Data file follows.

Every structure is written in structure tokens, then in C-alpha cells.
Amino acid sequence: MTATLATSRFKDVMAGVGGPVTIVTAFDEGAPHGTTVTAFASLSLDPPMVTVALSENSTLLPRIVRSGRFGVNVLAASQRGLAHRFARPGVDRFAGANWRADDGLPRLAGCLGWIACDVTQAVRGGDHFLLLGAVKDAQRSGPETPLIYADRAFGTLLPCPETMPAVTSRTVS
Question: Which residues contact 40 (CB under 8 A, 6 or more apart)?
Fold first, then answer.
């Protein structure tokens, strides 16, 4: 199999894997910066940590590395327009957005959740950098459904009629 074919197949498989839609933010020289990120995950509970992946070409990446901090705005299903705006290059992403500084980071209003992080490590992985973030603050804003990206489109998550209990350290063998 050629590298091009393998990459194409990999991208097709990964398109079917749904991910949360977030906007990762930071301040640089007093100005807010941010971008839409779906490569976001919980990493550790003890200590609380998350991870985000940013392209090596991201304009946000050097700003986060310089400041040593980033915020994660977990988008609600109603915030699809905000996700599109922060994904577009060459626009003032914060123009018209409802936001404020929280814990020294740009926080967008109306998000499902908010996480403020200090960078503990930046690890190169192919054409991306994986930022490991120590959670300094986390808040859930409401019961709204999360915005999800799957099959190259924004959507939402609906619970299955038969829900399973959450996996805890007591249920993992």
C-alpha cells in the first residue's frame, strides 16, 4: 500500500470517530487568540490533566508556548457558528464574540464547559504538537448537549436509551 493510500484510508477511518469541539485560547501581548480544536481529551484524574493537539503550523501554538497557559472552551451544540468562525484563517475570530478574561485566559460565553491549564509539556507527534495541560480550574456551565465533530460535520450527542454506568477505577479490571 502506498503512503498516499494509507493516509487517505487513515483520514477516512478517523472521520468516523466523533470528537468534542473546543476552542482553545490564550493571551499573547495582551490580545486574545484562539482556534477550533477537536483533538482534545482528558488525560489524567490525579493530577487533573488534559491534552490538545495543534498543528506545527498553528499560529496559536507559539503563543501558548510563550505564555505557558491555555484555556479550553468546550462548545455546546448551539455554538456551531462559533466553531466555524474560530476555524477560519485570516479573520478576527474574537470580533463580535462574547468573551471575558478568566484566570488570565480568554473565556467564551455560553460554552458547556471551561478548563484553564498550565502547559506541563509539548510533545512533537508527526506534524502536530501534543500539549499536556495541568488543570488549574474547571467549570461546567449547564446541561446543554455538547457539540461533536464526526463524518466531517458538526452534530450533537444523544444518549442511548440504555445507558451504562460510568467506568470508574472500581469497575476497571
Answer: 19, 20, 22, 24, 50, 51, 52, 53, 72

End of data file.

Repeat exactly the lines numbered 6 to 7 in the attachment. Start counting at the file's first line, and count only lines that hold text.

C-alpha cells in the first residue's frame, strides 16, 4: 500500500470517530487568540490533566508556548457558528464574540464547559504538537448537549436509551 493510500484510508477511518469541539485560547501581548480544536481529551484524574493537539503550523501554538497557559472552551451544540468562525484563517475570530478574561485566559460565553491549564509539556507527534495541560480550574456551565465533530460535520450527542454506568477505577479490571 502506498503512503498516499494509507493516509487517505487513515483520514477516512478517523472521520468516523466523533470528537468534542473546543476552542482553545490564550493571551499573547495582551490580545486574545484562539482556534477550533477537536483533538482534545482528558488525560489524567490525579493530577487533573488534559491534552490538545495543534498543528506545527498553528499560529496559536507559539503563543501558548510563550505564555505557558491555555484555556479550553468546550462548545455546546448551539455554538456551531462559533466553531466555524474560530476555524477560519485570516479573520478576527474574537470580533463580535462574547468573551471575558478568566484566570488570565480568554473565556467564551455560553460554552458547556471551561478548563484553564498550565502547559506541563509539548510533545512533537508527526506534524502536530501534543500539549499536556495541568488543570488549574474547571467549570461546567449547564446541561446543554455538547457539540461533536464526526463524518466531517458538526452534530450533537444523544444518549442511548440504555445507558451504562460510568467506568470508574472500581469497575476497571
Answer: 19, 20, 22, 24, 50, 51, 52, 53, 72